Below are some videos we watched in class:

 

Week #9

Shakespeare.

 

Dun. Dun. Dun.

 

Wait, wait! Don’t get scared. We’re reading “A Midsummer Night’s Dream”. This is a comedy, not a tragedy. (Do you want to know the difference between Shakespeare’s comedies and tragedies? Count how many main characters die. More than ten, it’s probably a tragedy).

 

We first discussed the history of Shakespeare. He lived in from 1565 – 1616, and this was a very tumultuous time politically. As a playwright, Shakespeare was able to get away with jabs at different political parties, although no one knows where Shakespeare stood politically. We also went through a brief overview of the play to make sure everyone was on the same page. Shakespeare’s language can be difficult to understand, but if you take it nice and slow it’s easier to get into the swing of things.

One thing that makes William Shakespeare’s work more difficult is the fact that words had different connotations when he was writing. For example, when you think of “Desperate” what comes to mind? I think of a crazed person willing to do anything for what they desire. During the sixteen hundreds, “desperate” actually just meant “determined”. A “rival” was a “partner”, and the word “eager” meant “sour”. This lends to confusion when reading Shakespeare’s plays!

 

We only had a few discussion questions for this week:

 

1) Do you find this play funny?

2) Why do you think Shakespeare is so revered?

3) Do you think Shakespeare’s works should be required reading? (Most of the students agreed that one of his plays is plenty).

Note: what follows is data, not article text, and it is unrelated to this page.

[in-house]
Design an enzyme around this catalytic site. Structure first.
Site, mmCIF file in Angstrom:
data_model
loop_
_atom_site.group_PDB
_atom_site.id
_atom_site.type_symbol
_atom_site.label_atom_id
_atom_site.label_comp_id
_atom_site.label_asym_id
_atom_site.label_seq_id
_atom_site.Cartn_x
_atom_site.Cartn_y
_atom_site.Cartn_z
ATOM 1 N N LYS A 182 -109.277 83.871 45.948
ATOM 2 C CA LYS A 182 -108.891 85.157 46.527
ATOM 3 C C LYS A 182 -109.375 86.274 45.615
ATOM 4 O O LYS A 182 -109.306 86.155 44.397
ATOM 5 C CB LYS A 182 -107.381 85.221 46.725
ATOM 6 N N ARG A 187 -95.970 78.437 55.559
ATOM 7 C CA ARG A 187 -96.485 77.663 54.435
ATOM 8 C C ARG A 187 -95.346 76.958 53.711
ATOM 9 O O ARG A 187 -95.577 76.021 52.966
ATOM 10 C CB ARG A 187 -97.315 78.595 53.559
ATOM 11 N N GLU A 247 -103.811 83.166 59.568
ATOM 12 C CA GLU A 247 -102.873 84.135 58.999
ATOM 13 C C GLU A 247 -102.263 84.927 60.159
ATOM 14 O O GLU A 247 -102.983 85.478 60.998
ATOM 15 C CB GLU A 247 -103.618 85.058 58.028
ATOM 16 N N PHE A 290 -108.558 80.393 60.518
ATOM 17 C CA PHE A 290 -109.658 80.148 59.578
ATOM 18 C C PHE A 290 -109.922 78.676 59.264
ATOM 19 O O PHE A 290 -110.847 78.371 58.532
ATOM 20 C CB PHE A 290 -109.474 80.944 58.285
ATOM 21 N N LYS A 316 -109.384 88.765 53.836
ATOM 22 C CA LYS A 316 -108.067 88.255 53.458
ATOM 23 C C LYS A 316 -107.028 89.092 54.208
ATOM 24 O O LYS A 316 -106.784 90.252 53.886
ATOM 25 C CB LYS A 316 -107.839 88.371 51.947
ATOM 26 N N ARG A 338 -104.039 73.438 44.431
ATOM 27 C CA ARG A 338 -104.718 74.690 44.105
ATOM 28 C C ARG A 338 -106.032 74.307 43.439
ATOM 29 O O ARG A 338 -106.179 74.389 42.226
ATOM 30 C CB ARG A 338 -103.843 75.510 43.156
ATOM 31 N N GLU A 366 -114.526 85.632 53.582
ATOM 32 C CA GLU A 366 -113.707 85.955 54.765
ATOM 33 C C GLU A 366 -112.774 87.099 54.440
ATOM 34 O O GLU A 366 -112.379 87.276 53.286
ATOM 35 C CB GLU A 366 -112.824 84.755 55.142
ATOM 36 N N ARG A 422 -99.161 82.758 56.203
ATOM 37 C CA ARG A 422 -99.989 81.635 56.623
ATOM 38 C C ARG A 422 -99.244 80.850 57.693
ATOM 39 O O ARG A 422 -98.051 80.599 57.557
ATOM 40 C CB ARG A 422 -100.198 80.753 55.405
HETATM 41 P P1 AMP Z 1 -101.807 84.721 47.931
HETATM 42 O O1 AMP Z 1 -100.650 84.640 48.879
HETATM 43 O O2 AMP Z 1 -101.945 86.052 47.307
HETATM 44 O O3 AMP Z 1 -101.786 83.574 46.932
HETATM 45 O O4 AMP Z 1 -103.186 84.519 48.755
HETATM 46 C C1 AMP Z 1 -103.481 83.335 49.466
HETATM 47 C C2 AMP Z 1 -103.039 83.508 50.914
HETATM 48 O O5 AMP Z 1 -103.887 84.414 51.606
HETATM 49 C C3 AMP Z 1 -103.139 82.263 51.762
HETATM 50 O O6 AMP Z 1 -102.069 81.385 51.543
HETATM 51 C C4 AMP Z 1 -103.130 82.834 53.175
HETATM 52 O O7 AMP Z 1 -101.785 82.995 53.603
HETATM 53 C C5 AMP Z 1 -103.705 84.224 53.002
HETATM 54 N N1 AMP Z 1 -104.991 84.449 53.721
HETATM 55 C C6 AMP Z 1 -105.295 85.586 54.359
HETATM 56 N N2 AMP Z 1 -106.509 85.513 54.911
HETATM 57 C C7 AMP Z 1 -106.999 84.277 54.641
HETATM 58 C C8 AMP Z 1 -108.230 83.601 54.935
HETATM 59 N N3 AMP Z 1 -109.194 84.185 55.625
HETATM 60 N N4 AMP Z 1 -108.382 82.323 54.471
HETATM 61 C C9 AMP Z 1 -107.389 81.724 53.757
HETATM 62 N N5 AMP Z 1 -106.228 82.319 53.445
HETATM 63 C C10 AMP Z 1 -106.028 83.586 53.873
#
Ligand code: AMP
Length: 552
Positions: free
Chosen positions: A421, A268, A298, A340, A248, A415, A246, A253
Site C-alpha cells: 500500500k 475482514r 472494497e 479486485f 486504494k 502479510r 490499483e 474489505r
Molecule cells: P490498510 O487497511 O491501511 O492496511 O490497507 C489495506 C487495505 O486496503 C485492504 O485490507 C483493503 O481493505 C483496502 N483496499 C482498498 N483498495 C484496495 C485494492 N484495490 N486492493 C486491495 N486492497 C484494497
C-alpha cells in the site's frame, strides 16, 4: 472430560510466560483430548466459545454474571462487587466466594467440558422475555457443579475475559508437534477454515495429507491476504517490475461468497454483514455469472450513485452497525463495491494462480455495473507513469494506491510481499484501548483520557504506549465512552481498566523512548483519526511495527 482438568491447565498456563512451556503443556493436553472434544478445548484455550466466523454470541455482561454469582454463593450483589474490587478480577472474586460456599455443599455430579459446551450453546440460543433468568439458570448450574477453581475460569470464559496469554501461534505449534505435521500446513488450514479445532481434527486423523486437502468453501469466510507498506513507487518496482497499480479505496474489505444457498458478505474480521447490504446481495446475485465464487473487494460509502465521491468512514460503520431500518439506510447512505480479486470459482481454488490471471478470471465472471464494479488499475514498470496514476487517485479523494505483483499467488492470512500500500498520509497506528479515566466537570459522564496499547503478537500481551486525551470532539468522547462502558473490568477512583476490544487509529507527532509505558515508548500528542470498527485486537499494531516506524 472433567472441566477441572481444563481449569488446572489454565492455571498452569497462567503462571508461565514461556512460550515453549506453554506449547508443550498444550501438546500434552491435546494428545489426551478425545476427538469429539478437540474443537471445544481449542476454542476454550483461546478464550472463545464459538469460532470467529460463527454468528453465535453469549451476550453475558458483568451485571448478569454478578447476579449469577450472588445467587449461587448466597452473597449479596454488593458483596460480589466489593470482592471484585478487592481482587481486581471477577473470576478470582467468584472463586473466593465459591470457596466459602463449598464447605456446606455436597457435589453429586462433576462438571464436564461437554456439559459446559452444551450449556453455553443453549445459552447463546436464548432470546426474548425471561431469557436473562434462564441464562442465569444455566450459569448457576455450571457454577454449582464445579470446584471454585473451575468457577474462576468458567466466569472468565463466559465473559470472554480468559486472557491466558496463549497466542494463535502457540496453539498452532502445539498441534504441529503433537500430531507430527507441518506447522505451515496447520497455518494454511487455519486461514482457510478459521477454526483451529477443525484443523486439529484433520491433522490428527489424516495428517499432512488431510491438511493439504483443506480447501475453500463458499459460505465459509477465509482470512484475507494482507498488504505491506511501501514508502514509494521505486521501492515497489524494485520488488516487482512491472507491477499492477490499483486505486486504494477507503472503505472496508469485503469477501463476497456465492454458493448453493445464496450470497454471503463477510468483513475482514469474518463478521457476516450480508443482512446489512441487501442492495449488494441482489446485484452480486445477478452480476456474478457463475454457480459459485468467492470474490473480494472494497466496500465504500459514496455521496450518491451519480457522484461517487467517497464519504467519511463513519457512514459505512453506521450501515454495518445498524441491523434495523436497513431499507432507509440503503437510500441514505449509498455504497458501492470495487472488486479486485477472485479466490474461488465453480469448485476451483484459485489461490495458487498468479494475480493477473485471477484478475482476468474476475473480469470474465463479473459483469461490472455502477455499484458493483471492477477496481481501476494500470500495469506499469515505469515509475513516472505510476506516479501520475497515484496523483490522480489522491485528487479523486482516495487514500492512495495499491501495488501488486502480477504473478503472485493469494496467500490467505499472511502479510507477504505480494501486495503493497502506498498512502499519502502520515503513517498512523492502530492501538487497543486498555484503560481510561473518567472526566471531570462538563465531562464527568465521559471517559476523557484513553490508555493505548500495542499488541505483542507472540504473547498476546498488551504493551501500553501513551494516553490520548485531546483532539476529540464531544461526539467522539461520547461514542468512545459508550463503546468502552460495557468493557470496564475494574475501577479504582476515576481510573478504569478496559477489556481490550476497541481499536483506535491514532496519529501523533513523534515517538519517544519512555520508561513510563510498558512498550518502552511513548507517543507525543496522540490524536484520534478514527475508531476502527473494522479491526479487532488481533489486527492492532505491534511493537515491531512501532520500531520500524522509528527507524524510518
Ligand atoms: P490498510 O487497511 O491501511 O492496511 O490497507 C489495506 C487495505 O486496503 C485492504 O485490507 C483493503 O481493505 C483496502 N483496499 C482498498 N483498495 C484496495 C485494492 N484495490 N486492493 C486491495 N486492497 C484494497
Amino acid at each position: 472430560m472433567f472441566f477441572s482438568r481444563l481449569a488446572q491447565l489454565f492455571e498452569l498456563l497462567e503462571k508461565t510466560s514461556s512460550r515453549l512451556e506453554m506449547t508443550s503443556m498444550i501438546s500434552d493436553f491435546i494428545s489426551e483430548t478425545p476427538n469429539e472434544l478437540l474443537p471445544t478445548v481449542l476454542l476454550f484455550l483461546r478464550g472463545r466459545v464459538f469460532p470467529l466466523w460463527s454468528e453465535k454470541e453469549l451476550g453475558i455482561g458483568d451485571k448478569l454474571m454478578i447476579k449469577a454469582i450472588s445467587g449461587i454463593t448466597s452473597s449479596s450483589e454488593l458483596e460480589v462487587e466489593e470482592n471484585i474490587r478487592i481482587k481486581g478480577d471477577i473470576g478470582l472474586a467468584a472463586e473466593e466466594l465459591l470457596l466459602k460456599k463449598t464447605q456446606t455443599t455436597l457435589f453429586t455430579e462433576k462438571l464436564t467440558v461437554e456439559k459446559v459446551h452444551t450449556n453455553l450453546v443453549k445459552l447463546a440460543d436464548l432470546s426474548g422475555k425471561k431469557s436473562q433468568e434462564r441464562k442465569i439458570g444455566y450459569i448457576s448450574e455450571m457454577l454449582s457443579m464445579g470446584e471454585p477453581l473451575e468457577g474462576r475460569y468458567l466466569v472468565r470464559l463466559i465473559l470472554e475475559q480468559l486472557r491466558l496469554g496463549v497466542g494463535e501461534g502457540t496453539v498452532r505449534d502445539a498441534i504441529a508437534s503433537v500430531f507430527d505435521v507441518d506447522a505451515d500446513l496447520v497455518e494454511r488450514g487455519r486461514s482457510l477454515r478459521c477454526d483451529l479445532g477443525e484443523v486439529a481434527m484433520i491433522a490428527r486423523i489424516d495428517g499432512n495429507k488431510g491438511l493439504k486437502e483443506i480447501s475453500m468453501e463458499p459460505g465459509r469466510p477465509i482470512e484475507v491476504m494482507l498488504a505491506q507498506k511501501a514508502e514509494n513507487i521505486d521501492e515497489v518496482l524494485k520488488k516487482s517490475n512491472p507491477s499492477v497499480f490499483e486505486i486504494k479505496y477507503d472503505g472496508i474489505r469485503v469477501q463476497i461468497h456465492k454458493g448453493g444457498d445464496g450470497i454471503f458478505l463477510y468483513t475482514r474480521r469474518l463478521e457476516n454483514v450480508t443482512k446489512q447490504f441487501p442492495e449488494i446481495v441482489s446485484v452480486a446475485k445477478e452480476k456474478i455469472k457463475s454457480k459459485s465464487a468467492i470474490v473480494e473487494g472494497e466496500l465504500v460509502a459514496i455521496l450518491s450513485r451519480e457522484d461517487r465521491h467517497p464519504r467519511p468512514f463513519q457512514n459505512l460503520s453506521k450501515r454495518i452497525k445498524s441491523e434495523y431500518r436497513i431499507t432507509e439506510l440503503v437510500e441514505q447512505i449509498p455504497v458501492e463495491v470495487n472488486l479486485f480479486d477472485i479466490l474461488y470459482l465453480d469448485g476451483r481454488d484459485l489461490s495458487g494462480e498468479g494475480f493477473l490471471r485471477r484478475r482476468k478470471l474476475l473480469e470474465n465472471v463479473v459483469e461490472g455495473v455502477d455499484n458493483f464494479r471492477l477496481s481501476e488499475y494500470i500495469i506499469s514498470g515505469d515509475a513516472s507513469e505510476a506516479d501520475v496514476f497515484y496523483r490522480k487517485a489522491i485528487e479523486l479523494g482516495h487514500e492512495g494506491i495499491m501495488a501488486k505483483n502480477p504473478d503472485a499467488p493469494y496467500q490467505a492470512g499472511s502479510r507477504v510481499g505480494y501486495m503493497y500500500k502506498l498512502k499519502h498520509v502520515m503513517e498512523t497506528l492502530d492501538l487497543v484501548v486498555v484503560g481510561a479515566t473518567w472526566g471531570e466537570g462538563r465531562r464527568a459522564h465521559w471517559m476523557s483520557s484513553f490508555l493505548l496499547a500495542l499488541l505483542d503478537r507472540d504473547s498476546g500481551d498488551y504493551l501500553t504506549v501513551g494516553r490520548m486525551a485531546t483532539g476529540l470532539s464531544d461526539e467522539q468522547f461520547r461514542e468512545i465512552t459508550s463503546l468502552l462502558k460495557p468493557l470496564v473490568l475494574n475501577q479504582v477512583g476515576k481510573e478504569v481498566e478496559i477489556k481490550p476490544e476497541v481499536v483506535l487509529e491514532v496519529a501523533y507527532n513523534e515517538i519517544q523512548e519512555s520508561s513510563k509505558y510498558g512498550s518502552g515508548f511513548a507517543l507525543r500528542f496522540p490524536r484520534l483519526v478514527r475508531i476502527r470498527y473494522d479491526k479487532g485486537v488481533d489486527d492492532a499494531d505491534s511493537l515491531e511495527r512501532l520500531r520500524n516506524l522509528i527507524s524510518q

Our writing activity this week was hilarious! All of the students had to choose a story to transcribe into “Shakespeare Language”. Do you know what a nursery rhythm would sound like in Old English? How about “Winnie the Pooh”, or “Little Red Riding Hood”? The responses were so creative, and very funny! Major props to everyone!

 

The other game we played took Shakespearian words such as “Hugger Mugger” (secrecy) and students had to slip them casually into conversation, earning candy. If you want to play, check out the “A Midsummer Night’s Dream” page. I have a resource there with an entire dictionary of Old English!

 

Is Shakespeare really that bad after all?

 

Check out the video clips below to see how “A Midsummer Night’s Dream” is portrayed on stage and in films.

 

 

 

Week 8!

This week was the end of our unit on “The Giver”.

The biggest complaint about the book was the vague ending. Lois Lowry wrote that she wanted every reader to decide the fate of Jonas and Gabriel for themselves. There was some disagreement among the class over what they thought had happened! Some believed Jonas and Gabriel died, while others believed that they reached another community (or place) where they were safe. To continue on this theme, our creative writing exercise was to finish writing “The Giver”. Responses ranged from goofy to tragic! It was interesting to see the different interpretations.

Below are the following discussion questions we considered:

1) Did you find the end of “The Giver” satisfying?

2) What are the benefits of living in the community?